“The Jazz Singer” starring Al Jolson, the first movie that incorporated synchronized speaking parts for its actors, was released on this day in history, Oct. 6, 1927.
Primitive by today’s standards, the movie revolutionized cinema in the United States and beyond and is recognized as a landmark achievement in pop culture history.
“Wait a minute, wait a minute, you ain’t heard nothing yet,” said Jolson, portraying Jakie Rabinowitz, in the first words uttered in cinematic history.
“When [Jolson] spoke those words on the silver screen of Warner Bros’ flagship theater in New York’s Times Square, the audience became hysterical,” the National Museum of American History notes.
“The truth is, they hadn’t heard anything yet, at least not in the movies, and certainly not with Vitaphone synchronized dialogue and song sequences.”
Jolson plays the scion of a devout Jewish family who dreams of performing pop tunes outside the local synagogue, where his father is the cantor.
The soundtrack — before the term existed or at least was widely known — featured classic tunes such as “Toot, Toot, Tootsie (Goo’ Bye),” a hit for Jolson in 1922.
“The Jazz Singer” was based on the 1925 Broadway production of the same name.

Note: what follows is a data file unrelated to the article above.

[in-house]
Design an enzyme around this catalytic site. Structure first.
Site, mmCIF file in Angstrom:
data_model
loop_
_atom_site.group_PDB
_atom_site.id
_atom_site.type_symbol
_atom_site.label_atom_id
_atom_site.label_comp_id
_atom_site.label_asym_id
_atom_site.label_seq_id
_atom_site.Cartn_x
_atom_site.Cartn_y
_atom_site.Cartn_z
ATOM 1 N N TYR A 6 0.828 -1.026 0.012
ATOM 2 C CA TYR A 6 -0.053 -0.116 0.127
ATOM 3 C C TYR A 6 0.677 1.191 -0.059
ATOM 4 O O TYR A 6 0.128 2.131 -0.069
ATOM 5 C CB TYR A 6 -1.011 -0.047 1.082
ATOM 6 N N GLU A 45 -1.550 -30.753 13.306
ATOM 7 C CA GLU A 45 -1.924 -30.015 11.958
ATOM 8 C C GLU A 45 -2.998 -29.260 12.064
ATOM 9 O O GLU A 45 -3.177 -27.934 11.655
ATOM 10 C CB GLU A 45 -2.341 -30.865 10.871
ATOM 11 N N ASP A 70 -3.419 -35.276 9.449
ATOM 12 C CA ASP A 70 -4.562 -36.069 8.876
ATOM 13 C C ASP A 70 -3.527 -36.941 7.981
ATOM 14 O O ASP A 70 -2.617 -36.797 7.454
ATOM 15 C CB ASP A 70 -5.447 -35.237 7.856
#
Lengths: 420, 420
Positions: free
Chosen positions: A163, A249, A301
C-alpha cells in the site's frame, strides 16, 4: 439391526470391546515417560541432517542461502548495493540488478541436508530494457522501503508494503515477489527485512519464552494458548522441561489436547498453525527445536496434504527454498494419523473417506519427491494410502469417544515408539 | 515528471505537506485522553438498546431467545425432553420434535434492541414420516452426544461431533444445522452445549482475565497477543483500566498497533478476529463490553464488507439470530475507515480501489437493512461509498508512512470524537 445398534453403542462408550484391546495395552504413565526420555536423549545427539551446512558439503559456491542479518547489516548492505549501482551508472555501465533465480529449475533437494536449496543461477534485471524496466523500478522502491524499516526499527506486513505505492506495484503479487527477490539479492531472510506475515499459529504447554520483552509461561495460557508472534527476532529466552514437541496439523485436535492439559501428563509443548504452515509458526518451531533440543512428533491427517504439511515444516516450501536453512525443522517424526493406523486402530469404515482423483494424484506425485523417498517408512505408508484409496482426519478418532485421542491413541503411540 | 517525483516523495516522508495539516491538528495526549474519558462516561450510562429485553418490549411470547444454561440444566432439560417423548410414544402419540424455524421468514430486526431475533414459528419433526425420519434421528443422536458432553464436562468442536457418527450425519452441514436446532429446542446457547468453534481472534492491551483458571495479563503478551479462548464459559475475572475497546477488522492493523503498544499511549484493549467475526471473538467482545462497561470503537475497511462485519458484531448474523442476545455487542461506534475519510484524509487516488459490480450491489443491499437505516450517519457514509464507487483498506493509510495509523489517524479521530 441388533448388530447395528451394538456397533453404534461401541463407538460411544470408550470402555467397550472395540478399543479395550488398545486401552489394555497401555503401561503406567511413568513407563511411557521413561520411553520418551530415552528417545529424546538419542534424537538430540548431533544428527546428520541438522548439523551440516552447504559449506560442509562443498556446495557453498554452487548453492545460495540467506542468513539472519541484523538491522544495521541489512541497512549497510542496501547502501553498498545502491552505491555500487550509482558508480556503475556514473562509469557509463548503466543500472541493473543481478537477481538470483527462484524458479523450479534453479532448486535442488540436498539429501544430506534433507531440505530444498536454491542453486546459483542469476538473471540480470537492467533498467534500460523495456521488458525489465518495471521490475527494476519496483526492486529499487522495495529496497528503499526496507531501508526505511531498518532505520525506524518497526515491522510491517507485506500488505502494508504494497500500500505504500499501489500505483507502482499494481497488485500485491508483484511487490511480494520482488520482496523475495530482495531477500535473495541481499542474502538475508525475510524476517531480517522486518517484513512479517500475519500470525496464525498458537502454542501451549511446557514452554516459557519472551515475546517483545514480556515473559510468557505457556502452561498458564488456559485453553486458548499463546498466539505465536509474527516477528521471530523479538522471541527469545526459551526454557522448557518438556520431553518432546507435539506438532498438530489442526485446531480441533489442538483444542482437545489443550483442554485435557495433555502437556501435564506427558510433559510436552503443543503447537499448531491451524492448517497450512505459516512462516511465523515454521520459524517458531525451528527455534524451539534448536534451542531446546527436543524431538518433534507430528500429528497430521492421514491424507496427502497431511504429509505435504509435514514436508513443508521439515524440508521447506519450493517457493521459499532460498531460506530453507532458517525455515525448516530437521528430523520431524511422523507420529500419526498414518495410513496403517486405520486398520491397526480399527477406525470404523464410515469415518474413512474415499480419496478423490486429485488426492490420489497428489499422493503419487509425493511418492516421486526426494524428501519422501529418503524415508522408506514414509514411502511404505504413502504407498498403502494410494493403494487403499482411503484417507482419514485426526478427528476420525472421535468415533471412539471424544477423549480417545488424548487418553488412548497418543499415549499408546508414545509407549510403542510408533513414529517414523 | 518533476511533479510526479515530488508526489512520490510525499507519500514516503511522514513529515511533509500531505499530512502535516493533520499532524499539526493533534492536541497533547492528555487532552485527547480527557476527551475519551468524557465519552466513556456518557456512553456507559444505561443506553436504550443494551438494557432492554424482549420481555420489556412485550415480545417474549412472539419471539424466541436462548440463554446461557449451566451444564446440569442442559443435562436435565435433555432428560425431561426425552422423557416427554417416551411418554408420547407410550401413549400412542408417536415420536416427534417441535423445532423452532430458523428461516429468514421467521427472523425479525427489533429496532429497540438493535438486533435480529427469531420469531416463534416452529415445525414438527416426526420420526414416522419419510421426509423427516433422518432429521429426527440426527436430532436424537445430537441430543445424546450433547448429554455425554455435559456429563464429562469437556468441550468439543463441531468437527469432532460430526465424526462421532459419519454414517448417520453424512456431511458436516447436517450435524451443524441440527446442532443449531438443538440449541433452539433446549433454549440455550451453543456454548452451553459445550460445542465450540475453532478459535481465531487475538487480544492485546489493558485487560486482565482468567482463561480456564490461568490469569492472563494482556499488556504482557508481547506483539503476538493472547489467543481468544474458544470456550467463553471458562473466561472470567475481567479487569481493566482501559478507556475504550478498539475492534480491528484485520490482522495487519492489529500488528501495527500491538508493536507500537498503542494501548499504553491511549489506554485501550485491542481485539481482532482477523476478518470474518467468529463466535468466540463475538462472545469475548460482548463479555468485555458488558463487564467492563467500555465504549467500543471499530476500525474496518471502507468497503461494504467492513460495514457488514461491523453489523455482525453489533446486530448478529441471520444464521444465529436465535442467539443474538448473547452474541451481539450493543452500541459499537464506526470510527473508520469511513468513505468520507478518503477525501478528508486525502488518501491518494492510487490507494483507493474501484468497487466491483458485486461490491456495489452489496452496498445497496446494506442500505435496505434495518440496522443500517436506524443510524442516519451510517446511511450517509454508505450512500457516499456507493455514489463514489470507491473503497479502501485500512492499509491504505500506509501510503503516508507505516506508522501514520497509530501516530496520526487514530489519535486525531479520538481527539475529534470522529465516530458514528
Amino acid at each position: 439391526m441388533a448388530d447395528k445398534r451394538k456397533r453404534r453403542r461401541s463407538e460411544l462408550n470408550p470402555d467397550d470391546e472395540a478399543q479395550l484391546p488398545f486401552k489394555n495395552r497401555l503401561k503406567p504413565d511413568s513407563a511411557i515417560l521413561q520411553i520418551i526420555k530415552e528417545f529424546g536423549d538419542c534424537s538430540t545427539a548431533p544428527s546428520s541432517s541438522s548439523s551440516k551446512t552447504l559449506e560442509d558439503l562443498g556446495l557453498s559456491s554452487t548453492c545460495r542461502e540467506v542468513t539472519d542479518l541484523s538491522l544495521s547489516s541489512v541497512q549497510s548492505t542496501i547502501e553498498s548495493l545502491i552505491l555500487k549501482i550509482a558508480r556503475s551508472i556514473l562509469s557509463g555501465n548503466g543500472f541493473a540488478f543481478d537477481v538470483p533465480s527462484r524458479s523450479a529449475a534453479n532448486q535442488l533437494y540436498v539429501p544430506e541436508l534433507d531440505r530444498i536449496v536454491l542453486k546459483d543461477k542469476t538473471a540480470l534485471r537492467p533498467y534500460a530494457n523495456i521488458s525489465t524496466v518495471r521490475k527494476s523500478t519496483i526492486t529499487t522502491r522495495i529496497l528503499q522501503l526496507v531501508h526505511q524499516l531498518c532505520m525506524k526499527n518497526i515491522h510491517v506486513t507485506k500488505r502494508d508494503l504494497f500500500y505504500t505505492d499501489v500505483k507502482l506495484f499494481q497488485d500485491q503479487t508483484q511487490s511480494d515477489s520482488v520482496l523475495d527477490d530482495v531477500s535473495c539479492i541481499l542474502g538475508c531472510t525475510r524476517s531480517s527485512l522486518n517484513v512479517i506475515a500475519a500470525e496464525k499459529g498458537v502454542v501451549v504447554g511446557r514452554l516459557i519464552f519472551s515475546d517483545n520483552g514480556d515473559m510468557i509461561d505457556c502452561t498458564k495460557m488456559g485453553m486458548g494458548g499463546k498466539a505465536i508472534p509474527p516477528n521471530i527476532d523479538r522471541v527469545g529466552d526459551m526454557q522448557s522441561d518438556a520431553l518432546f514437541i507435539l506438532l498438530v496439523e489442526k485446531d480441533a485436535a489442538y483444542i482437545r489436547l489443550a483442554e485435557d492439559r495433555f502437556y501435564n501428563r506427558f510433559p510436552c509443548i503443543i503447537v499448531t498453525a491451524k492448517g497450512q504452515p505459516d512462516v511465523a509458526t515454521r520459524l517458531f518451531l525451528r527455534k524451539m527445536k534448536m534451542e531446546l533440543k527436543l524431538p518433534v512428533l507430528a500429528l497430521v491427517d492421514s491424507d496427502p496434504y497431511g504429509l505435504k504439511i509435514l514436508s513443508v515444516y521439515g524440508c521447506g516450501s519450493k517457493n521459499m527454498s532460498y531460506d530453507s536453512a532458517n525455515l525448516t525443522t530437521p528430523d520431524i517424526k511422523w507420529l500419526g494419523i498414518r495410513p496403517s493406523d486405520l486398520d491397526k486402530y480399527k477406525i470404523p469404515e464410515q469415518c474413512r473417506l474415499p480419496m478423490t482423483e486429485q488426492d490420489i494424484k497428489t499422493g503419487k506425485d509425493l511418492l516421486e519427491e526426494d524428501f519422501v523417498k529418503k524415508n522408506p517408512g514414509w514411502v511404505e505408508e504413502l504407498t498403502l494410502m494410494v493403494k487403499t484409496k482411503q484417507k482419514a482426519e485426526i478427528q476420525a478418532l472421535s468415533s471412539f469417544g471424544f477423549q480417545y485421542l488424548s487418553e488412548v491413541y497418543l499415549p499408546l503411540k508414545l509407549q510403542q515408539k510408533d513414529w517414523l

It spawned several remakes, including a 1952 movie starring Danny Thomas, a 1959 TV production with Jerry Lee Lewis and a 1980 flick featuring Neil Diamond.
“When (Jolson) spoke … the audience became hysterical.” – National Museum of American History
“Though hardly a cinematic masterpiece — or even a good film, for that matter — the 1927 version of ‘The Jazz Singer’ remains one of the most important motion pictures ever made,” writes the Alt Film Guide.
“This part-musical, part-silent, all-mush melodrama marked the first time in a feature film that synchronized sound and voices could be heard in musical numbers and talking segments.”
The movie has enjoyed multi-generational acclaim. But it’s also generated condemnation from modern critics, namely for Jolson’s widespread use of blackface.
Rabinowitz, his budding pop performer, leaves home after shaming his devout family, and performs in the makeup as jazz singer Jake Robin.
“Jolson spends a significant portion of ‘Jazz Singer’ in blackface, masquerading as an African-American man — that is, as a grotesque, degrading approximation of one,” said Entertainment Weekly in a 2007 retrospective.
Still, “The Jazz Singer” enjoys a unique place in American art history.
The National Film Registry includes it among its collection of “culturally, historically or aesthetically significant” motion pictures.
Warner Bros. received an honorary Oscar for “The Jazz Singer” at the first Academy Awards in 1929. The Academy recognized the film as “the pioneer outstanding talking picture, which has revolutionized the industry.”
The American Film Institute places “The Jazz Singer” at no. 90 on its list of the 100 greatest American movies of all time while its opening words — “You ain’t heard nothing yet” — rank no. 71 among AFI’s top lines in cinema history.
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